When many of us think of society, animals don’t necessarily come to mind. But, sociologists have recently begun to explore the relationships between human and non-human animals. In the most recent issue of Contexts, Arnold Arluke examines the importance of animals in our everyday lives. All students could find something to resonate with in this piece, whether they associate certain traits with certain animals, have watched television shows about animal hoarders, have lamented that their significant others couldn’t be as “loyal” as their pet, or choose not to eat animals or animal products.
There are many ways this piece could be utilized in the classroom. Students could be asked to find a news story that focuses on animals and reflect on how the animals are portrayed and what Arluke would say the story reflects about our relationships with animals. Or, students could choose a particular species and examine people’s relationships with that species over time. For this example, several international cases would be useful to illustrate the cultural constructions of animals/pets. Along these lines, students could also research the animal cruelty laws that Arluke mentions. They can examine which animals are covered by these laws and discuss why some, like farm animals, are not.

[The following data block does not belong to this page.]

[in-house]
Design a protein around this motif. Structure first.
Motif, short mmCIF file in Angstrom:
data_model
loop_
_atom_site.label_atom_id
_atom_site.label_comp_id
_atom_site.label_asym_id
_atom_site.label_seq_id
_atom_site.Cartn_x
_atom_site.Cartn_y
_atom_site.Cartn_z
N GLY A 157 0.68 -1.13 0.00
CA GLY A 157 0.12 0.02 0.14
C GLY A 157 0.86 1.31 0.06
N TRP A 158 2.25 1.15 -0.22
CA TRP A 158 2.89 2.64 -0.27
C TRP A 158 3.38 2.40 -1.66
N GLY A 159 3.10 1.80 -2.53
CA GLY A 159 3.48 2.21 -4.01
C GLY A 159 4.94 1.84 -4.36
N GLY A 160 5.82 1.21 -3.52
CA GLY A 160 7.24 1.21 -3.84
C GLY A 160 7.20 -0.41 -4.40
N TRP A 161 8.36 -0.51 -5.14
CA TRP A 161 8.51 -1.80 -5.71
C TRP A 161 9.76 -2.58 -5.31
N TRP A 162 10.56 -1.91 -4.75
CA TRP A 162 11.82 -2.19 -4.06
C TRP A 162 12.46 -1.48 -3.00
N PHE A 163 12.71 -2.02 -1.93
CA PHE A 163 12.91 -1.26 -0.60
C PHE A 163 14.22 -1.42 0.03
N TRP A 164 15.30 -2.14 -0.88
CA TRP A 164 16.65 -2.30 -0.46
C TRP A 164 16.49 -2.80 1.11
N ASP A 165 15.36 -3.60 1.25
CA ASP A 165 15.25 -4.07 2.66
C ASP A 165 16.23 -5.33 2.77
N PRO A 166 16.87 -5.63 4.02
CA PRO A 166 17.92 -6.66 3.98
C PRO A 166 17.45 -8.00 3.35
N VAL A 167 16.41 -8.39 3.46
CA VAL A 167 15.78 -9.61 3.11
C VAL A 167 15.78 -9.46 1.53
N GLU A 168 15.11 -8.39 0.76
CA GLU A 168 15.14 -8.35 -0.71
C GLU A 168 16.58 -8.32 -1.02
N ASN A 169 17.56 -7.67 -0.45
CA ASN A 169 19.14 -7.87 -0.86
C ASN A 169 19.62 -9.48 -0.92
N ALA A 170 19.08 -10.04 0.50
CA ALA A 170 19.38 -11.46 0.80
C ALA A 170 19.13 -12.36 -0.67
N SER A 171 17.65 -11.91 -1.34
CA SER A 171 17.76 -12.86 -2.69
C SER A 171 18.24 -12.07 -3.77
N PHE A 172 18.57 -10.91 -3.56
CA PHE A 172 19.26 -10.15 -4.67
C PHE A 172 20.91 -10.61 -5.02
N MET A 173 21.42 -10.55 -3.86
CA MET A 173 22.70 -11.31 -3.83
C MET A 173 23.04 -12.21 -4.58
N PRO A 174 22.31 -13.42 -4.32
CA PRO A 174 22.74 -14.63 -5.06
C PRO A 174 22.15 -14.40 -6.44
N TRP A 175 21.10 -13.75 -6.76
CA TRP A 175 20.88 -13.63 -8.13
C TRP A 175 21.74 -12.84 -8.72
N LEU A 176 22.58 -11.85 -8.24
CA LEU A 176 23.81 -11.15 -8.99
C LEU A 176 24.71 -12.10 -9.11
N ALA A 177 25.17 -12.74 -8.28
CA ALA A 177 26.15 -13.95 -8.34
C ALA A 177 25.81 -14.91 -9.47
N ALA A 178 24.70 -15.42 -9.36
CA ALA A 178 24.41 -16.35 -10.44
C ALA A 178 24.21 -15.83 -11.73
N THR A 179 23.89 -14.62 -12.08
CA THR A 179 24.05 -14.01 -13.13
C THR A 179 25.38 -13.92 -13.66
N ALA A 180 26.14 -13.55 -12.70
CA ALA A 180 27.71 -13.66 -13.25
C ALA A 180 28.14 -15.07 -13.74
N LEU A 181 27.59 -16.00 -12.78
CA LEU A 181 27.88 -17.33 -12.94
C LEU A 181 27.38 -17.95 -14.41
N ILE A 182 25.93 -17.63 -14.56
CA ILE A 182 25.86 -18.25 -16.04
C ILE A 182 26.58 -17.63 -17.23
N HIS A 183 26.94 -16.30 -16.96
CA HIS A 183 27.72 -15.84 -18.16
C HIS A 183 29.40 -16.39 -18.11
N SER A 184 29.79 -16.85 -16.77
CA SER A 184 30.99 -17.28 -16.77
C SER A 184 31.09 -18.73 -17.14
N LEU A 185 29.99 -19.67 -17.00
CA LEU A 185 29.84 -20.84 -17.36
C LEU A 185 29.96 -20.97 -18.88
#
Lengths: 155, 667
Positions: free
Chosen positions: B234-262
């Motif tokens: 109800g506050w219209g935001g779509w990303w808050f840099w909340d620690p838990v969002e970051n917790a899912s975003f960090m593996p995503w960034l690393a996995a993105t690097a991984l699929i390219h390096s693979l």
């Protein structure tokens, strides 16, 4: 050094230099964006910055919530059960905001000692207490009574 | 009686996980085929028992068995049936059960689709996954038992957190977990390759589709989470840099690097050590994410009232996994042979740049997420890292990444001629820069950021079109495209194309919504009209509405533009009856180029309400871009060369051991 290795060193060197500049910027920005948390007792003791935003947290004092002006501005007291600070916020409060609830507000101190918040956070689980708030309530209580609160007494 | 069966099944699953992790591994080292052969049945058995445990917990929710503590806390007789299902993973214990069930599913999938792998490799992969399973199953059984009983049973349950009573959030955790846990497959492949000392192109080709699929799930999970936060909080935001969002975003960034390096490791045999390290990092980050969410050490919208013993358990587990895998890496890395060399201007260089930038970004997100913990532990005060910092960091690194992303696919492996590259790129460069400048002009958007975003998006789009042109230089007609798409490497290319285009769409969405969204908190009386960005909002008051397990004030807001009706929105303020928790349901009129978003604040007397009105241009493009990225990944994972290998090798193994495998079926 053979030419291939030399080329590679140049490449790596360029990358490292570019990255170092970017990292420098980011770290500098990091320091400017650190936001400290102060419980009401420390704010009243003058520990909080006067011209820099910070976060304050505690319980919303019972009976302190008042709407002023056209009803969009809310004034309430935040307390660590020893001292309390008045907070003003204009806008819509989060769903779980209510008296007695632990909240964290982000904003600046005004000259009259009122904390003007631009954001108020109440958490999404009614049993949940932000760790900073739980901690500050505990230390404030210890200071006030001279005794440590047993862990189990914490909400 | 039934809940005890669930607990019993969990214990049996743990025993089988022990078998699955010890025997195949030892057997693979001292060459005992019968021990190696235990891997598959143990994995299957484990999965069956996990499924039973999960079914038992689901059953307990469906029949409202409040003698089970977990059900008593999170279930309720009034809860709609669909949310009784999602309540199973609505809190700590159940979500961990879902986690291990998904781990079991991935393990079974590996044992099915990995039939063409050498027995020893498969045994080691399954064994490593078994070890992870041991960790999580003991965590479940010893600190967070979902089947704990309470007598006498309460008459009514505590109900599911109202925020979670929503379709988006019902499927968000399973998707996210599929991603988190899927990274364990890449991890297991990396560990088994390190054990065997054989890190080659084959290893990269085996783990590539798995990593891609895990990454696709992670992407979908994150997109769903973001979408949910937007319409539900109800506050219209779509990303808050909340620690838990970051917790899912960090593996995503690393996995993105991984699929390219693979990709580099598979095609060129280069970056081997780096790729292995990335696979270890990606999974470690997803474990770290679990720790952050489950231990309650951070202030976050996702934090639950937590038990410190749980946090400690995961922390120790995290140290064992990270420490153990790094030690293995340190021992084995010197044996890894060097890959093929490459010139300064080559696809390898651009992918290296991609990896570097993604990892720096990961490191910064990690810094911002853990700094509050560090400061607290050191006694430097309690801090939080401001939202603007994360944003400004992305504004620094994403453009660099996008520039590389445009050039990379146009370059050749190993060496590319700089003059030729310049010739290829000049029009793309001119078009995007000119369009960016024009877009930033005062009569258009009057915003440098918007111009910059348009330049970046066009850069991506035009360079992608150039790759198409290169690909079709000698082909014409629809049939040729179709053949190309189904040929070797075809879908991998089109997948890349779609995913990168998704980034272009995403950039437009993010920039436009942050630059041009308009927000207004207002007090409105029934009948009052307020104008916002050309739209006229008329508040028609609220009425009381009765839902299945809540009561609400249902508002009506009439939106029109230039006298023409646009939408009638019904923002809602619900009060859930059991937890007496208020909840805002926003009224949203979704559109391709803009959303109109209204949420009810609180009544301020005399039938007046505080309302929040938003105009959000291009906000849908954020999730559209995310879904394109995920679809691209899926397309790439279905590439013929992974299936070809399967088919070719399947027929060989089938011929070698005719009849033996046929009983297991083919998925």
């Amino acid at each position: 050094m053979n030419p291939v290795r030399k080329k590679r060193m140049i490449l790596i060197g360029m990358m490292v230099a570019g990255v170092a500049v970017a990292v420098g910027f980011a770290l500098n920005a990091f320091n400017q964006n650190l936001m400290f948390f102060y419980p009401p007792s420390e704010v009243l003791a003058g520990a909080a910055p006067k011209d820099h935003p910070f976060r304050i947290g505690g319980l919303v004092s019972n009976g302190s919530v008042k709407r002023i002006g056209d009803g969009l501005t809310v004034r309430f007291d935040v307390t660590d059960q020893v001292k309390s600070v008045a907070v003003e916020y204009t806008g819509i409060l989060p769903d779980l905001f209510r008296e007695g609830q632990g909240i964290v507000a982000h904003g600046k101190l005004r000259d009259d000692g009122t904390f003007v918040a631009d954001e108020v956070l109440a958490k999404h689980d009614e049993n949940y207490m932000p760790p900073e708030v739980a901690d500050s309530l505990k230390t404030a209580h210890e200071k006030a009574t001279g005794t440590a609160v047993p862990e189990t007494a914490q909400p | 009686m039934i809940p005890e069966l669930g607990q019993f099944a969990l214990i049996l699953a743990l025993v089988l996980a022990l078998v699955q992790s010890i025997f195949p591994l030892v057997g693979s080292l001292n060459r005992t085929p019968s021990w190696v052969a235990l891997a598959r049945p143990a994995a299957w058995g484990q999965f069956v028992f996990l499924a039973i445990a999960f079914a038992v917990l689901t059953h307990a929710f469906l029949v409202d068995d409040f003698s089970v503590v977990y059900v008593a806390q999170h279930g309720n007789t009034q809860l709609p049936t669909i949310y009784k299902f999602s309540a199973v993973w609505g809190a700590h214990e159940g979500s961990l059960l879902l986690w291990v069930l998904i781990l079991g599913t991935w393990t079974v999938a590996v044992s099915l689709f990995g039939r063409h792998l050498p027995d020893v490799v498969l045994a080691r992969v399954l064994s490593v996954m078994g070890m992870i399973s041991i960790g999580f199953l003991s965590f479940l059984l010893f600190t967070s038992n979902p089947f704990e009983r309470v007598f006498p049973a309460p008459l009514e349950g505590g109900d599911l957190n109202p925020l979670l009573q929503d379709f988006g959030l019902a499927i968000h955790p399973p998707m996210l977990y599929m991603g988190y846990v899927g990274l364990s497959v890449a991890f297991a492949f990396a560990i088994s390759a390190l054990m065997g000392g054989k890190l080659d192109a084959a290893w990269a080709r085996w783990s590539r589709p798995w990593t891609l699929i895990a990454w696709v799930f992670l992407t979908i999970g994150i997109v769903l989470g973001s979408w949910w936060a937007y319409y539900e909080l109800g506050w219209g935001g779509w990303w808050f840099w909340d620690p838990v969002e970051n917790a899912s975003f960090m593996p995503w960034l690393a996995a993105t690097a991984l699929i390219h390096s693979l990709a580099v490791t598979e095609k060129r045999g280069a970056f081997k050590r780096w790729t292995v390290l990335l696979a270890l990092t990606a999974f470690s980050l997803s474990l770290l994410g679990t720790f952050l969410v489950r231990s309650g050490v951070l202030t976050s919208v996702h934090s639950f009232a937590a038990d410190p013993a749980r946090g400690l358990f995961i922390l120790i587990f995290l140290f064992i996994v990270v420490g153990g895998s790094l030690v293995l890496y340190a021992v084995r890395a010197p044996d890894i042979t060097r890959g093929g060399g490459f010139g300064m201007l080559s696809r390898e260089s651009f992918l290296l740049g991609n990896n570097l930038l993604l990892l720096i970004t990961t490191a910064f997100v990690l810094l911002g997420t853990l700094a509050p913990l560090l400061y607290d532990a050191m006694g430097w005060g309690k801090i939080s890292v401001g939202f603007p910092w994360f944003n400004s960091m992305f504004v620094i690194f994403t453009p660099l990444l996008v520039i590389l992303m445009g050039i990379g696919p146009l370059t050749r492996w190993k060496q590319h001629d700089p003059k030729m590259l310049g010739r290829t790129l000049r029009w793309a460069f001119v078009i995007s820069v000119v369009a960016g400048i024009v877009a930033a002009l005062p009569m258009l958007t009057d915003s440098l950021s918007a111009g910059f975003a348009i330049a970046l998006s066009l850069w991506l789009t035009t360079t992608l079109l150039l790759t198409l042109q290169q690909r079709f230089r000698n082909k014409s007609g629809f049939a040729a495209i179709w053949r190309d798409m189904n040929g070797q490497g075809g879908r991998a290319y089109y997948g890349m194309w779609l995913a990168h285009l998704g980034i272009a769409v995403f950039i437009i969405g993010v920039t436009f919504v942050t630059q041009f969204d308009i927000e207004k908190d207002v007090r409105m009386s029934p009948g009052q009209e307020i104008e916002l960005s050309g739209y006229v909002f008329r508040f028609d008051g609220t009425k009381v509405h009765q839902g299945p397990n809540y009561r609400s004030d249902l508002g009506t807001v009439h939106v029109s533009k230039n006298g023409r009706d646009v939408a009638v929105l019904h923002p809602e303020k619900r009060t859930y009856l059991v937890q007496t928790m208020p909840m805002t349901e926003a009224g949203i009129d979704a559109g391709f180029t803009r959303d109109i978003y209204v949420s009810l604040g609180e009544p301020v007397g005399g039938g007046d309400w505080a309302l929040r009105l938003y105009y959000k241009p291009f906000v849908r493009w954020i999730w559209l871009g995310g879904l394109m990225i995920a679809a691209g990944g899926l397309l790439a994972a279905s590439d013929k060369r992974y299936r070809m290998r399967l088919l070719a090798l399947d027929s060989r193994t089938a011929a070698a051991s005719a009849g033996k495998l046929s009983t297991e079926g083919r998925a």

Lastly, you could introduce the idea of “speciesism” and take a look at social movements that strive to achieve animal rights or animal liberation. PETA’s campaigns that juxtapose animal suffering against human slavery and the Holocaust could also spark great discussions, so students could be given the assignment to peruse PETA2’s current Animal Liberation Project’s website.